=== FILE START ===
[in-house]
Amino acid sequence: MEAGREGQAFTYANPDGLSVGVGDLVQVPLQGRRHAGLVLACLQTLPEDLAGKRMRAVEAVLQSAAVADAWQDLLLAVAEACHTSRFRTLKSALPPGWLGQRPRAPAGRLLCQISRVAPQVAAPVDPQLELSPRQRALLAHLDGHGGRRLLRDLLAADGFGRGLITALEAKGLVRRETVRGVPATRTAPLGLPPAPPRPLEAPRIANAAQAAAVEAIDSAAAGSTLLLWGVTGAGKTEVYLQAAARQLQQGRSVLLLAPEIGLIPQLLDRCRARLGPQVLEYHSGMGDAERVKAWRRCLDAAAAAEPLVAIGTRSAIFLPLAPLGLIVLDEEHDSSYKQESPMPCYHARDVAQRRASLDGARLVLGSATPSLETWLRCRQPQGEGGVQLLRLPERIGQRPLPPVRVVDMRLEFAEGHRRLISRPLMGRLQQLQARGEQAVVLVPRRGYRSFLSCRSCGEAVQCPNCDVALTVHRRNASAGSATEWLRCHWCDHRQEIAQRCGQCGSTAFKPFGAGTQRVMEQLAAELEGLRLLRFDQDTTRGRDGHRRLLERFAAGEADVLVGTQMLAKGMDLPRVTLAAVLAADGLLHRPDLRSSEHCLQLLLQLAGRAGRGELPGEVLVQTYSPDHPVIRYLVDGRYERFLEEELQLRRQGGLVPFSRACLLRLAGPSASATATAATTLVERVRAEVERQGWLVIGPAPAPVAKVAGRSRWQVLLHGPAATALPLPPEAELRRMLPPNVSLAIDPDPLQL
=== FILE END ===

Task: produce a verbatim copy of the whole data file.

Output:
[in-house]
Amino acid sequence: MEAGREGQAFTYANPDGLSVGVGDLVQVPLQGRRHAGLVLACLQTLPEDLAGKRMRAVEAVLQSAAVADAWQDLLLAVAEACHTSRFRTLKSALPPGWLGQRPRAPAGRLLCQISRVAPQVAAPVDPQLELSPRQRALLAHLDGHGGRRLLRDLLAADGFGRGLITALEAKGLVRRETVRGVPATRTAPLGLPPAPPRPLEAPRIANAAQAAAVEAIDSAAAGSTLLLWGVTGAGKTEVYLQAAARQLQQGRSVLLLAPEIGLIPQLLDRCRARLGPQVLEYHSGMGDAERVKAWRRCLDAAAAAEPLVAIGTRSAIFLPLAPLGLIVLDEEHDSSYKQESPMPCYHARDVAQRRASLDGARLVLGSATPSLETWLRCRQPQGEGGVQLLRLPERIGQRPLPPVRVVDMRLEFAEGHRRLISRPLMGRLQQLQARGEQAVVLVPRRGYRSFLSCRSCGEAVQCPNCDVALTVHRRNASAGSATEWLRCHWCDHRQEIAQRCGQCGSTAFKPFGAGTQRVMEQLAAELEGLRLLRFDQDTTRGRDGHRRLLERFAAGEADVLVGTQMLAKGMDLPRVTLAAVLAADGLLHRPDLRSSEHCLQLLLQLAGRAGRGELPGEVLVQTYSPDHPVIRYLVDGRYERFLEEELQLRRQGGLVPFSRACLLRLAGPSASATATAATTLVERVRAEVERQGWLVIGPAPAPVAKVAGRSRWQVLLHGPAATALPLPPEAELRRMLPPNVSLAIDPDPLQL